BOSTON ( TheStreet Ratings) -- With the stock market seesawing and investors pulling tens of billions of dollars from mutual funds in the past few months, now's the time to get back to basics.
As equities are down by about 15% in the past two months, as measured by the benchmark S&P 500 Index, individual investors have the chance to buy some of the greatest U.S. companies at a discount. That is, if they think the stock market will recover. Professional investors including hedge fund managers and mutual fund managers are worried about
slowing U.S. economic growth
, Europe's massive debt woes and the dysfunction in American politics.
So what's an investor to do? Here's how you can become a better investor:
1. Have a Strategy:
This might seem obvious, but too many investors select stocks haphazardly. Whether you're a short-term trader or a five-year investor, set a plan and stick to it. Some of my biggest investing mistakes came from selling a stock prematurely because I heard a rumor that was ultimately unfounded.
Consider an investment in a stock for what it really is: a stake in a business. Given that, what's the basis for investing in this company? What are the catalysts that may propel the share price higher? What could go wrong? And will I sell if these things happen? Some other questions are: What's my timeframe for holding the stock? How much money do I want to make on this investment?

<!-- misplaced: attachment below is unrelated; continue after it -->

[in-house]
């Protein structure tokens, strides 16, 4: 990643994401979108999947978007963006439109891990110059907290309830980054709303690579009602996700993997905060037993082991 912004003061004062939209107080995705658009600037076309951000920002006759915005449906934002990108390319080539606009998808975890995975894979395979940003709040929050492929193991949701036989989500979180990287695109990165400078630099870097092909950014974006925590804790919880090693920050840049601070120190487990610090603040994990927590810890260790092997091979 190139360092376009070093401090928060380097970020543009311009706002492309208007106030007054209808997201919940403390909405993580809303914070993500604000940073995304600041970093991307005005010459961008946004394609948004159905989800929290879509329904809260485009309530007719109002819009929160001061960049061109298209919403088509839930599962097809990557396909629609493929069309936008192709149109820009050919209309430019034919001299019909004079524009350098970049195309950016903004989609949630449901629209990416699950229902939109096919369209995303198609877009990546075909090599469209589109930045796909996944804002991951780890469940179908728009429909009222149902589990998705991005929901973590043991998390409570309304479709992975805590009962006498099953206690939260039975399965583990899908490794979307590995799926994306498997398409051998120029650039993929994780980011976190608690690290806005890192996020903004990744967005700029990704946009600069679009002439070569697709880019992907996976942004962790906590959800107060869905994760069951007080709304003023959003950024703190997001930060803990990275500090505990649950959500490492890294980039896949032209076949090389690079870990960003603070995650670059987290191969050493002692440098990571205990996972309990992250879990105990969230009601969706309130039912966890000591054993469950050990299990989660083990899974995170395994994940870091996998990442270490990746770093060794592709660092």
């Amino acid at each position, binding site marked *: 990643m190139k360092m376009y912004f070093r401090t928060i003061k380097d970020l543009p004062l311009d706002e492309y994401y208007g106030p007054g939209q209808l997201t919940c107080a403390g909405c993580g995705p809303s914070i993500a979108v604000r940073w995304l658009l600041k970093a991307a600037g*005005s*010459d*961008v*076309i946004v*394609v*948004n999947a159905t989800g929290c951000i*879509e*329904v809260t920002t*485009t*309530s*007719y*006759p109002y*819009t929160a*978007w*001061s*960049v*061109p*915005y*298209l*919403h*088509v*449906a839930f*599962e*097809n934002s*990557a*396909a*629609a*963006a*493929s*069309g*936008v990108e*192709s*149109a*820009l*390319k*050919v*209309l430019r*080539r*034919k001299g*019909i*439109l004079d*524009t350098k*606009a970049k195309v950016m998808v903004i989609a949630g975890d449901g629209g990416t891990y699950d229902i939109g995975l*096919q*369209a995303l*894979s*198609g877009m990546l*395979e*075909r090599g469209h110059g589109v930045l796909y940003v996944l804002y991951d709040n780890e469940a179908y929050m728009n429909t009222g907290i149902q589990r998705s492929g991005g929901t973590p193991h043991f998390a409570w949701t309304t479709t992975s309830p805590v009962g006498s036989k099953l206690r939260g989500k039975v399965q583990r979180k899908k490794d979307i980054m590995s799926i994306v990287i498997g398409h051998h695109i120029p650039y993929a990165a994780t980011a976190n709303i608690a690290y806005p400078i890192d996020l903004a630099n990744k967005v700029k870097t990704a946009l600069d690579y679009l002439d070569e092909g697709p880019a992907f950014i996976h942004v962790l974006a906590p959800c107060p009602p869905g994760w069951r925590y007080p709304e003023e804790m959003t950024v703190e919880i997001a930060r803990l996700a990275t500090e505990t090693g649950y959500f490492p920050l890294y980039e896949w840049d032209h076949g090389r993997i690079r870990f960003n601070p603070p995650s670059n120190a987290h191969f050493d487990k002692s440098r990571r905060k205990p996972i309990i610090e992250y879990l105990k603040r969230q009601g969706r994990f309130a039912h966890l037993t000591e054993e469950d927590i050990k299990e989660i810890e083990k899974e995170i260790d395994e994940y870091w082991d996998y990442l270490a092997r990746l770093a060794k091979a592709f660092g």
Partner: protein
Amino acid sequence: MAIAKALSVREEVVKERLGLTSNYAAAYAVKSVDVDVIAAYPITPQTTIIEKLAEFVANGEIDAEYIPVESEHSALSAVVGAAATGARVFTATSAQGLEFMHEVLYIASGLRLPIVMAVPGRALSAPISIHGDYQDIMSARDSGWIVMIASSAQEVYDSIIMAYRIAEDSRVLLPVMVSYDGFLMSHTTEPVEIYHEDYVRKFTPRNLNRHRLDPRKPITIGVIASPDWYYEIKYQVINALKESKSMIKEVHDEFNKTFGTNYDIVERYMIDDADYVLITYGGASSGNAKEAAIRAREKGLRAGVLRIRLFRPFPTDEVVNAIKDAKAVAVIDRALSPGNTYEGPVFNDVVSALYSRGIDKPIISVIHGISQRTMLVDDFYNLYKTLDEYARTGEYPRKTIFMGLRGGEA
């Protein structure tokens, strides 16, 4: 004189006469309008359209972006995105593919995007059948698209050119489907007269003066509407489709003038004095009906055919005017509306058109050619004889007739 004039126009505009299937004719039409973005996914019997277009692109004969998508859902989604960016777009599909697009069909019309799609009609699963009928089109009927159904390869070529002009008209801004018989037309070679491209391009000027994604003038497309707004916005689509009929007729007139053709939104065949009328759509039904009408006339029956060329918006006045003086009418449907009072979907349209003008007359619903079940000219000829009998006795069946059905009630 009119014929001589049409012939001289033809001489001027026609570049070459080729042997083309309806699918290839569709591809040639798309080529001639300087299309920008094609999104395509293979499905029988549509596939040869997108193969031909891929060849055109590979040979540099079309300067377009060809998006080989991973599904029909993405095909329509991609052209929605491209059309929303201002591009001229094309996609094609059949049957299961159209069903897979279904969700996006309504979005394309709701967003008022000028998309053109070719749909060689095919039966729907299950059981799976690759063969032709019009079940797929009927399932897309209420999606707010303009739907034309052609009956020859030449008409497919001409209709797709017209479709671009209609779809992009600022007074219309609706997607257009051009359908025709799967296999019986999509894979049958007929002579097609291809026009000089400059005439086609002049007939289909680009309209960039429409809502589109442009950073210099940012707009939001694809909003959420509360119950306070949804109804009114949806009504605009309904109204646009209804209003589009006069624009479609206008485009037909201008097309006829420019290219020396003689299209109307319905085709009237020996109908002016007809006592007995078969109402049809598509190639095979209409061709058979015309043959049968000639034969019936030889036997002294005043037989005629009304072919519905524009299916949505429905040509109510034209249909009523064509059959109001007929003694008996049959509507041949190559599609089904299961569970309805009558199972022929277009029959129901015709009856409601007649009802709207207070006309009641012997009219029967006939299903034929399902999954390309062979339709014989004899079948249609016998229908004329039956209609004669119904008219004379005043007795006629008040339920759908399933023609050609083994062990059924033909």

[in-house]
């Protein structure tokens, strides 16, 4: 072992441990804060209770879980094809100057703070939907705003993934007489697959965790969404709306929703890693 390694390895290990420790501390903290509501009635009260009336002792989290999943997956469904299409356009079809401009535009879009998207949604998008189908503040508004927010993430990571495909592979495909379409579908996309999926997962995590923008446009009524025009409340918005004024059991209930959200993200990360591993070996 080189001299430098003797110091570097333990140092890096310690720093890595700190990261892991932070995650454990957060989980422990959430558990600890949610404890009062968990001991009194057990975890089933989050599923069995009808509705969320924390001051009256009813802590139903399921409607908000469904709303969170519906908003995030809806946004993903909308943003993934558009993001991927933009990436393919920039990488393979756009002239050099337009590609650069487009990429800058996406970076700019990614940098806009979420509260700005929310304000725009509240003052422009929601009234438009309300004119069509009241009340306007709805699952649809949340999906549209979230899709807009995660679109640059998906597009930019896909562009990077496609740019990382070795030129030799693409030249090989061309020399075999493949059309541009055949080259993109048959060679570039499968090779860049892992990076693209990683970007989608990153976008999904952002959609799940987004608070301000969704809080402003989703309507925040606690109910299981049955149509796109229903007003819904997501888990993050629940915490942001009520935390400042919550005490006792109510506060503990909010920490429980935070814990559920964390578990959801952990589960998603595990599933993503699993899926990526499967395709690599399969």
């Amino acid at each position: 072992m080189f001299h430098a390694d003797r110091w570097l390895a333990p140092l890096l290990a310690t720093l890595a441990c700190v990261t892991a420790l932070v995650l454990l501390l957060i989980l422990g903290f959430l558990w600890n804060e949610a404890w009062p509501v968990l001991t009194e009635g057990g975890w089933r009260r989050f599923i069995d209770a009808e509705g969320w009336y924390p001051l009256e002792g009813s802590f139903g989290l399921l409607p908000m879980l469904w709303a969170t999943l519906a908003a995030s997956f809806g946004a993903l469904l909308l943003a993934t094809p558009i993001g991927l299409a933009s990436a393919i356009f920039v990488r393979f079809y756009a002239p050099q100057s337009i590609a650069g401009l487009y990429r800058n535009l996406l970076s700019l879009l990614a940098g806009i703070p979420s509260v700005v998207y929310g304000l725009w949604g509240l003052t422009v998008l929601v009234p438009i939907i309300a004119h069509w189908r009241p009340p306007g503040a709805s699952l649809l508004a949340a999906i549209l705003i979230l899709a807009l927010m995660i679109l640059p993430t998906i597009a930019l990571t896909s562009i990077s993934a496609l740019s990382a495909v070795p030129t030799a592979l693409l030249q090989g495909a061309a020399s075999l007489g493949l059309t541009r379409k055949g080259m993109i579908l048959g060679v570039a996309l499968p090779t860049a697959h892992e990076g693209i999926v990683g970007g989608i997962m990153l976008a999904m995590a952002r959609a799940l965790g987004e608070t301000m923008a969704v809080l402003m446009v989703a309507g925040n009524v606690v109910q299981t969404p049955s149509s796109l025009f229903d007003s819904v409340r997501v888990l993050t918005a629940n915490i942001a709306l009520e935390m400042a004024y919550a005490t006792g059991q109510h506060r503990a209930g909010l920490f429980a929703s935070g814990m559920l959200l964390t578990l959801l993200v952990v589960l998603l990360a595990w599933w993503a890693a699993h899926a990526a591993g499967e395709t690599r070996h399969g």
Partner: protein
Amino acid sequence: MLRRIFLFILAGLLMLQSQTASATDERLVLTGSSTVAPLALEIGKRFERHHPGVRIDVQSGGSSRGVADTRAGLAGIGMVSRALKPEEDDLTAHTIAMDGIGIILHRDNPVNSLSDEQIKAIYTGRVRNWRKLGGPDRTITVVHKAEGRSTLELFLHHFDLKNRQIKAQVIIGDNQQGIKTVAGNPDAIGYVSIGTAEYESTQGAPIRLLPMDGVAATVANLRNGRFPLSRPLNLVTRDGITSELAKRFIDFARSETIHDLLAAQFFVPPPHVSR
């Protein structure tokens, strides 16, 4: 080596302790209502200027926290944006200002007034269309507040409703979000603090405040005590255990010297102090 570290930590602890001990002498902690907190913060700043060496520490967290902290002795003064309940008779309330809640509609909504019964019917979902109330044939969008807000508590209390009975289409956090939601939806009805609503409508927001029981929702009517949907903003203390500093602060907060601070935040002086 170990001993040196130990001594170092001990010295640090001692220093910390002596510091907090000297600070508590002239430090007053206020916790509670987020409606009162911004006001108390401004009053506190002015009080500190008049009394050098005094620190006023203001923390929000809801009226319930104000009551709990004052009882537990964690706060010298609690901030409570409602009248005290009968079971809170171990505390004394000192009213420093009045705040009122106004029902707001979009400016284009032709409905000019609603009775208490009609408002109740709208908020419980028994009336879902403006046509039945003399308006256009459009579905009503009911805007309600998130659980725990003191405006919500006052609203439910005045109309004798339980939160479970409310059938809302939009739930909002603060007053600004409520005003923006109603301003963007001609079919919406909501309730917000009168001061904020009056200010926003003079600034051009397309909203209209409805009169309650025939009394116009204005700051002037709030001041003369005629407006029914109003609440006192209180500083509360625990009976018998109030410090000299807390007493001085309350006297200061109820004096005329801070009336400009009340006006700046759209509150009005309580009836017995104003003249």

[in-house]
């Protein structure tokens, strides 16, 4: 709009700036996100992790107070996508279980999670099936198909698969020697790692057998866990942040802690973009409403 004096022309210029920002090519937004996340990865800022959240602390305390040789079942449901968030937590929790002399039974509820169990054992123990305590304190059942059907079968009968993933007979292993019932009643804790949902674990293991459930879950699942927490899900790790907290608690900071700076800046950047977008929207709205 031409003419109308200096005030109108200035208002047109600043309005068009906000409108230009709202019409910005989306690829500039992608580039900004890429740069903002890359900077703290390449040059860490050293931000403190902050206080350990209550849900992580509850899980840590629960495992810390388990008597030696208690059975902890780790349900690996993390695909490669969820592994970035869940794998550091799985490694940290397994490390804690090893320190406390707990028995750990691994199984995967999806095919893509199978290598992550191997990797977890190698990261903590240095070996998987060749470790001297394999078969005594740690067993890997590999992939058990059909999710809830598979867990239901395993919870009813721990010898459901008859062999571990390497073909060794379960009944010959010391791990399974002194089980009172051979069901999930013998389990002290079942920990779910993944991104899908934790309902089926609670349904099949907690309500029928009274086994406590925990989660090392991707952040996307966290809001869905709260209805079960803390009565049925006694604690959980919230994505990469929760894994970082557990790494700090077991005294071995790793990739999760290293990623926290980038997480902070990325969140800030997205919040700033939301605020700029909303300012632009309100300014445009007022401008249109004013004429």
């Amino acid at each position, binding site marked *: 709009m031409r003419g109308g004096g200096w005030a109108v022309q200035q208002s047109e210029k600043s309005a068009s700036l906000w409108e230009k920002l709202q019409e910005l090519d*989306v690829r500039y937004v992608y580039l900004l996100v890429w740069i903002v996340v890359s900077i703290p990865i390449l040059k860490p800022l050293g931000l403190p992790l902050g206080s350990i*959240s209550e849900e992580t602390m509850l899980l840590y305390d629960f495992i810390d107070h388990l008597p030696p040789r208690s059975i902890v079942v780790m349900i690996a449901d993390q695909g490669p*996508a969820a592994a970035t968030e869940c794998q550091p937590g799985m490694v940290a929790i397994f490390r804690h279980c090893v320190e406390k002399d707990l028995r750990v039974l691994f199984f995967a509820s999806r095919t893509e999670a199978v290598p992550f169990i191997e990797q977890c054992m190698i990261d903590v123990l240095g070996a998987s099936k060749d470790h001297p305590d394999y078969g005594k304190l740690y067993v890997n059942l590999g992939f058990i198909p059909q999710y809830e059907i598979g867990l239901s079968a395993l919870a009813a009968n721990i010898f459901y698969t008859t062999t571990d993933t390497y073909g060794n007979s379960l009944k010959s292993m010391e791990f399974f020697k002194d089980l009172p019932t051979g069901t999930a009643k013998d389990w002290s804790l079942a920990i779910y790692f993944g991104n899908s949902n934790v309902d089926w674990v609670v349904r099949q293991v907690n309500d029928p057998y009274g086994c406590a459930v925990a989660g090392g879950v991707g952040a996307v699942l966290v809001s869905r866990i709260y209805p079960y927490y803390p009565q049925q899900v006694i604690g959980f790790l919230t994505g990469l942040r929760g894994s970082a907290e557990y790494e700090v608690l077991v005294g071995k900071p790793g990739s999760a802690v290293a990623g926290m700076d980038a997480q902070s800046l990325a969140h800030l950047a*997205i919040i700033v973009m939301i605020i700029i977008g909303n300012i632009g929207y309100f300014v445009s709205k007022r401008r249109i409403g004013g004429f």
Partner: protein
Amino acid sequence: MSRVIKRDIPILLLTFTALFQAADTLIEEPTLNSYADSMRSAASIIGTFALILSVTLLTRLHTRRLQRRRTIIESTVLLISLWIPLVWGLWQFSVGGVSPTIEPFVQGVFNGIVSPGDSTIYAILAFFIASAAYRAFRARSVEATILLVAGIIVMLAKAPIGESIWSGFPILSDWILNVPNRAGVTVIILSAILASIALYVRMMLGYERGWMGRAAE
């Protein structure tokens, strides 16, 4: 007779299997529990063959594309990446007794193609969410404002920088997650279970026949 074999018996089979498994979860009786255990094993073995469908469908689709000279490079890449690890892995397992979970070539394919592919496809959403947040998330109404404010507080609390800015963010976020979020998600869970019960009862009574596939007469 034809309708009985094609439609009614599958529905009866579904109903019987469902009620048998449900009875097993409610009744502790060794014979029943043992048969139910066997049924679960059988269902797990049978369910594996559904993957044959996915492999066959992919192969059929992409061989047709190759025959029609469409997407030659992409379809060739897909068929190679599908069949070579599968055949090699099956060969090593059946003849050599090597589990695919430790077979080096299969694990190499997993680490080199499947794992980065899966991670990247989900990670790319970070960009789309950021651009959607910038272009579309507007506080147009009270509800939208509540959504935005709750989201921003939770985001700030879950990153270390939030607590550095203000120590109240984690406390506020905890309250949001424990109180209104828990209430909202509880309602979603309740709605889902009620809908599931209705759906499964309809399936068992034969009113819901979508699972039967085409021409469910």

2. Don't Ignore Economic Events:
You might think you're holding the next
in your portfolio, but if Greece or another country in Europe defaults, your stock is likely to fall regardless of its prospects. For many, this might be challenging to understand, but with investing comes the threat of financial contagion.
Contagion is typically caused by the default of a large bank and. When it happens, diversification is less effective. Contagion (you can think of it like catching a cold) is a concern now in that problems in Greece are likely to spread and hurt other European companies. The worry is that the U.S. gets sick and puts the final nail in the coffin for an already struggling economy.